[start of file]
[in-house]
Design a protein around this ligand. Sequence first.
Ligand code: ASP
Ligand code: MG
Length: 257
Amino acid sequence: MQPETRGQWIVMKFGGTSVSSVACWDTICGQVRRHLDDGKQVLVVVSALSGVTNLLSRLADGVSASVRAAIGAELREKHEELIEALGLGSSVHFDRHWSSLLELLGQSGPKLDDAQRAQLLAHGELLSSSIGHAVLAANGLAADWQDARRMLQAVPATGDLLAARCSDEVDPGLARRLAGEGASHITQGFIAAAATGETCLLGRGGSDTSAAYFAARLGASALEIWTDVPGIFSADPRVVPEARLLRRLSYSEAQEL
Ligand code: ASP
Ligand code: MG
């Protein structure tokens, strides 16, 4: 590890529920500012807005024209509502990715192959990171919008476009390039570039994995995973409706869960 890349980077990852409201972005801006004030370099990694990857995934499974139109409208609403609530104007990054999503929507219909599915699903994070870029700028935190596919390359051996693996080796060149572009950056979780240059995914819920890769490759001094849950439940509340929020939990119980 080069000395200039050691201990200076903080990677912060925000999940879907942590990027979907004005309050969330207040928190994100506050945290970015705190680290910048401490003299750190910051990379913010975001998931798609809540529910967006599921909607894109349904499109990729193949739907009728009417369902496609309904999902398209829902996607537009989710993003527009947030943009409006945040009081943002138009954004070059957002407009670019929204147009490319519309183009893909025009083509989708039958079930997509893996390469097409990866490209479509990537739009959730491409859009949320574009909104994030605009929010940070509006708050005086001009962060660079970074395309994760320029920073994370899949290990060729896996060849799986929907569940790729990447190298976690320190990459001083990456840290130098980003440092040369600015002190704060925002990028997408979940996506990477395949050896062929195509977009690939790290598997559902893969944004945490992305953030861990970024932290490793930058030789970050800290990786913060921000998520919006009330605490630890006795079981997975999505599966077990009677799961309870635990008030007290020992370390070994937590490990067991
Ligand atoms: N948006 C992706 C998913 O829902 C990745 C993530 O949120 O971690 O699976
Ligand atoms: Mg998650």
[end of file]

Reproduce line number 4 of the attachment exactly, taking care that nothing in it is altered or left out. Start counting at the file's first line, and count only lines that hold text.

Ligand code: MG